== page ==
To view the poster program please click here

Back to overview


Experimental investigation and thermodynamic modelling of the Al–Mn–Ni system

Thursday (27.09.2018)
12:00 - 12:15 S1/01 - A01
Part of:

Materials based on the ternary Al–Mn–Ni system possess a wide variety of useful properties, leading to the possibility of utilizing these alloys for structural and functional applications. Besides these ternary alloys, the Al–Mn–Ni system plays an important role in the development of several different shape memory alloys (SMAs). Since Al, Mn and Ni are the main alloying elements in many Cu- and Fe-based SMAs, it is necessary to investigate the influence of these elements on the phase stabilities in the corresponding alloy systems. An experimental study and a thermodynamic description of the ternary Al–Mn–Ni system will enhance the understanding of these alloys and allow extrapolations into higher order systems.

Comprehensive experimental investigations were conducted by means of EPMA, DTA and XRD analyses of several heat-treated and quenched alloys in the ternary

Al–Mn–Ni system. The investigations showed a wide extension of the two-phase field β-Mn + B2 at lower temperatures, as well as the stabilization of the disordered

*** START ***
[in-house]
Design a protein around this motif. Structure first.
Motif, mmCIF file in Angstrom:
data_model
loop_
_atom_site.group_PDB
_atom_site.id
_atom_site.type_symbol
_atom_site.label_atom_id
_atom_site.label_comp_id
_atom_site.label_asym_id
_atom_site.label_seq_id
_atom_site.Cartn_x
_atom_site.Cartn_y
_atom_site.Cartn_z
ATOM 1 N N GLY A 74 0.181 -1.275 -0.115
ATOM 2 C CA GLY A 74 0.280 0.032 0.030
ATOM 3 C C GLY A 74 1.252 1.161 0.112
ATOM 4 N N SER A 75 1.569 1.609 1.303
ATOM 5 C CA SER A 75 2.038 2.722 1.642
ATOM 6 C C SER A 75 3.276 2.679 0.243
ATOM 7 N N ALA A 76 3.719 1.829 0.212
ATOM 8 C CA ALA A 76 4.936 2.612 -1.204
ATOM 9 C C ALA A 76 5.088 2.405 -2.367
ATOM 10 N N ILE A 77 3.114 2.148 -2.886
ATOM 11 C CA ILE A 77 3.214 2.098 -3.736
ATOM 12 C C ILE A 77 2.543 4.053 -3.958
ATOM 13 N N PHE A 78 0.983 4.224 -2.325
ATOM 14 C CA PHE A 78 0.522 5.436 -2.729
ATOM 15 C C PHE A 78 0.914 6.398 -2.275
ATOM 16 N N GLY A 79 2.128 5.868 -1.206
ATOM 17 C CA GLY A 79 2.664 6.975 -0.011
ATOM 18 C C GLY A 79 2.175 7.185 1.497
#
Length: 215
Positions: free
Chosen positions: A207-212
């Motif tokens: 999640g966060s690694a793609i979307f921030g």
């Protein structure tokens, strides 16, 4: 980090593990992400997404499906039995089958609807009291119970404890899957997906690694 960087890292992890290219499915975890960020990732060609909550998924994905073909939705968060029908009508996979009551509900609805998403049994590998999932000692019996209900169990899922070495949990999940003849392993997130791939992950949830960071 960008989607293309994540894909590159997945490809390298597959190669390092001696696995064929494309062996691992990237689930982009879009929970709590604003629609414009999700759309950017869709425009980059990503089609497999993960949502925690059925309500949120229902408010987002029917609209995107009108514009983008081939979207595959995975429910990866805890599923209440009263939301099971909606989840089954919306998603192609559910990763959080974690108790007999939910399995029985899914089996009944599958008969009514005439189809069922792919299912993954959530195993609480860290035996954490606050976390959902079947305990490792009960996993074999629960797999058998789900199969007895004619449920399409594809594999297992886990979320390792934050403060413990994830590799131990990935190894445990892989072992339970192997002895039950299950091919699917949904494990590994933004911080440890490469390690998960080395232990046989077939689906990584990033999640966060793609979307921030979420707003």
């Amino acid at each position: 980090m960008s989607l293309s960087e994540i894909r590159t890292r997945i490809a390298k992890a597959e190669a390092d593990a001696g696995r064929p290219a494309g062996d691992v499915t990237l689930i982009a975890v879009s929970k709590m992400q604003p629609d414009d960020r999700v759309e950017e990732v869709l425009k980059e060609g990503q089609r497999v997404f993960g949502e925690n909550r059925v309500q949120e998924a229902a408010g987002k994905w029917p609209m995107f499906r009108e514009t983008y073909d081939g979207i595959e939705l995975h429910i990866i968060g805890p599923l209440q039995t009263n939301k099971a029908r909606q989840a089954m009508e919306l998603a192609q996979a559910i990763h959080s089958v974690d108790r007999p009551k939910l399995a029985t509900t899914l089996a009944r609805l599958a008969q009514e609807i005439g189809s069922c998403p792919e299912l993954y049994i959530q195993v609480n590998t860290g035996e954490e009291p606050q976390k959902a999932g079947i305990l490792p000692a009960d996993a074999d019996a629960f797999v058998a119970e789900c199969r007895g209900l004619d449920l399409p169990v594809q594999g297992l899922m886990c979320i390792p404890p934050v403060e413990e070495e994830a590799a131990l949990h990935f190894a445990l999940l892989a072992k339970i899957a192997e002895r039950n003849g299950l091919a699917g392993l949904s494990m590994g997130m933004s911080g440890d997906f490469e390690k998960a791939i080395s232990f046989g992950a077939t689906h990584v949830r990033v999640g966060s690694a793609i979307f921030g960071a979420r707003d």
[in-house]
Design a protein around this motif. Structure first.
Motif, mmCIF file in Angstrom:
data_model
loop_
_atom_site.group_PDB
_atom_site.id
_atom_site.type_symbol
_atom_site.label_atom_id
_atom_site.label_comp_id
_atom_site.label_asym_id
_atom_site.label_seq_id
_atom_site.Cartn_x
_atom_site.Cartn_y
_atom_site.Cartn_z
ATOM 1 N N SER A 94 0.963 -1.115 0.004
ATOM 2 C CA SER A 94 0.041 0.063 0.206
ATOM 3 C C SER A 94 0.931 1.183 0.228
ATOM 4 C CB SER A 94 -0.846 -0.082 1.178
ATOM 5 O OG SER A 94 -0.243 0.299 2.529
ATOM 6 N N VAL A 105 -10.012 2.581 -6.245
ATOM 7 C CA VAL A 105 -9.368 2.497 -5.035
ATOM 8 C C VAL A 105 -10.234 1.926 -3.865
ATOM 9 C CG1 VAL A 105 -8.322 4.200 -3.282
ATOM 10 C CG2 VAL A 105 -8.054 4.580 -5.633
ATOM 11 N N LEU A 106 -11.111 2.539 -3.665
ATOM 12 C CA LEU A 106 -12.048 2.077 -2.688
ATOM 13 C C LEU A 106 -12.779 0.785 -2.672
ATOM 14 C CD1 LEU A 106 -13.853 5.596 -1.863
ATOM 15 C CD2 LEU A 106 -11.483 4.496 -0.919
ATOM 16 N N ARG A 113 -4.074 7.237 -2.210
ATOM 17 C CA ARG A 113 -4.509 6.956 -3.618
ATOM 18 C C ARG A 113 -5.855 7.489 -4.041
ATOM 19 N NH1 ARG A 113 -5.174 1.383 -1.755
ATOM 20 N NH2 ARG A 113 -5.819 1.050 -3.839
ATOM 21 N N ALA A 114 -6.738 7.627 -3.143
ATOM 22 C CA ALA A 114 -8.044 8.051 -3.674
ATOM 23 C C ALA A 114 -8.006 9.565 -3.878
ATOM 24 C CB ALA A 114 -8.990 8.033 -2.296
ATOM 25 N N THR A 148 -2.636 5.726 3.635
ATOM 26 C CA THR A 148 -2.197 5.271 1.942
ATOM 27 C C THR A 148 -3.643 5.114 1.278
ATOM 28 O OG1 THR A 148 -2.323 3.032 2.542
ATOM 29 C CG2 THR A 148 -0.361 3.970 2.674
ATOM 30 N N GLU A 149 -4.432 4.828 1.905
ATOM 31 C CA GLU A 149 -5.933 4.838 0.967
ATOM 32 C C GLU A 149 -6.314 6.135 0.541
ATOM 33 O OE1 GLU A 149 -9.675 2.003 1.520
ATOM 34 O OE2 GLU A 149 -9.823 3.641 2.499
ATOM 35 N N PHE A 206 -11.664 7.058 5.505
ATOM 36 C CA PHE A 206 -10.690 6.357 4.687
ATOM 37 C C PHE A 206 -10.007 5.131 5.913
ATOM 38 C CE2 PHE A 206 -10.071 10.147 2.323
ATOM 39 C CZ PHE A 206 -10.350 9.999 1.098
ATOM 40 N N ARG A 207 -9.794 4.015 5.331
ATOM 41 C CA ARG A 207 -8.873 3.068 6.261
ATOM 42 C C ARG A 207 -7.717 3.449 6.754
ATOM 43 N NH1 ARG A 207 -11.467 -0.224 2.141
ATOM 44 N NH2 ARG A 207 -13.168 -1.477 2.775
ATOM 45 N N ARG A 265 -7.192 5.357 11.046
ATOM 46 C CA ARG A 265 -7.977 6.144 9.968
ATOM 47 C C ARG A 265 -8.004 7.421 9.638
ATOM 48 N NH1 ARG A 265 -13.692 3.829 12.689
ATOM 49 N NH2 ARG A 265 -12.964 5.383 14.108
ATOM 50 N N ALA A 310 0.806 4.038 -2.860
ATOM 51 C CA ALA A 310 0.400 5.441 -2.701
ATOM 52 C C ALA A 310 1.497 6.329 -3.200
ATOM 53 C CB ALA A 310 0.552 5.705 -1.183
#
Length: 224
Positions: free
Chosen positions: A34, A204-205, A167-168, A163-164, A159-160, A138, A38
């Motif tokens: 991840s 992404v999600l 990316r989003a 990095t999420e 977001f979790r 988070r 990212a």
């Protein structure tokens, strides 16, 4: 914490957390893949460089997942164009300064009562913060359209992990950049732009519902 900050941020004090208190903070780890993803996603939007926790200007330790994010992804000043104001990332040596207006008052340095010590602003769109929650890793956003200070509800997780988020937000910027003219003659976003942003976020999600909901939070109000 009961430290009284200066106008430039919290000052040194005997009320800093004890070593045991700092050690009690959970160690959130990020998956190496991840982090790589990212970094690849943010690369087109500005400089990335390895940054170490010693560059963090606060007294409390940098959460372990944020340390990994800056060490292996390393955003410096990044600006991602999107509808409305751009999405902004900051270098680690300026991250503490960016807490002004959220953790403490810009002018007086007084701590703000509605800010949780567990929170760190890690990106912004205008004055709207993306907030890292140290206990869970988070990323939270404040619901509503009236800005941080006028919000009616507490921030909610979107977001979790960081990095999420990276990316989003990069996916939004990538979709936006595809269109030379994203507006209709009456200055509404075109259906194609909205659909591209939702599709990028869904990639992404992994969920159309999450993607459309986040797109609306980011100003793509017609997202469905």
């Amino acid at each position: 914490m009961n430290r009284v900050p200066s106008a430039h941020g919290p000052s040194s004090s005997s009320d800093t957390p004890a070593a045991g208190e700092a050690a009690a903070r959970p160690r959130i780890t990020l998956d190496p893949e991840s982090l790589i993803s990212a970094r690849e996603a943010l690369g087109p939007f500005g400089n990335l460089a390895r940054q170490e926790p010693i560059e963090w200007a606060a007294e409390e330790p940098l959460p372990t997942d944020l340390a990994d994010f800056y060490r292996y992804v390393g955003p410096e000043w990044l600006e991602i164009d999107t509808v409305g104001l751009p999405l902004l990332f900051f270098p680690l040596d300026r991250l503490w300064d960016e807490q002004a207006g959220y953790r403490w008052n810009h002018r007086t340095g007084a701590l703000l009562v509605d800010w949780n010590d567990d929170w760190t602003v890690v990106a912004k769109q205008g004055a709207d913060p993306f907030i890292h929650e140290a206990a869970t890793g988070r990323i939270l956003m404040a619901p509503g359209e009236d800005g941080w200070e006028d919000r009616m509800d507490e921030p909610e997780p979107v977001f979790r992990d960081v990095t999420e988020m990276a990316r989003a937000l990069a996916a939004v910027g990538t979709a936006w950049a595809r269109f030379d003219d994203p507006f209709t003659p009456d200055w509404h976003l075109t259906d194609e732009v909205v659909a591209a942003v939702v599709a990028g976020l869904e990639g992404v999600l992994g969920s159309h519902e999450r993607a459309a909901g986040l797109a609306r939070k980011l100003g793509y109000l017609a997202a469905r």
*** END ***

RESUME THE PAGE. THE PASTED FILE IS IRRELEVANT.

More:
A2-phase at higher temperatures. Moreover, in-situ XRD and TEM studies were performed, in order to investigate the ordering phenomena of the A2- and B2-phases, as well as the eutectoid decomposition reaction of the high temperature A2-phase.

Calculations based on the assessed thermodynamic parameters of the Al–Mn–Ni system are in good agreement with the experimental data available in the literature, as well as the experiments performed in the frame of the present work. Moreover, a metastable miscibility gap between the phases A2 and B2 at lower temperatures, leading to the extension of the β-Mn + B2 two-phase field, was revealed.

Dipl.-Ing. Alexander Walnsch
TU Bergakademie Freiberg
Additional Authors:
  • Dr. Mario Kriegel
    TU Bergakademie Freiberg
  • Dr. Olga Fabrichnaya
    TU Bergakademie Freiberg
  • Prof. Dr. Andreas Leineweber
    TU Bergakademie Freiberg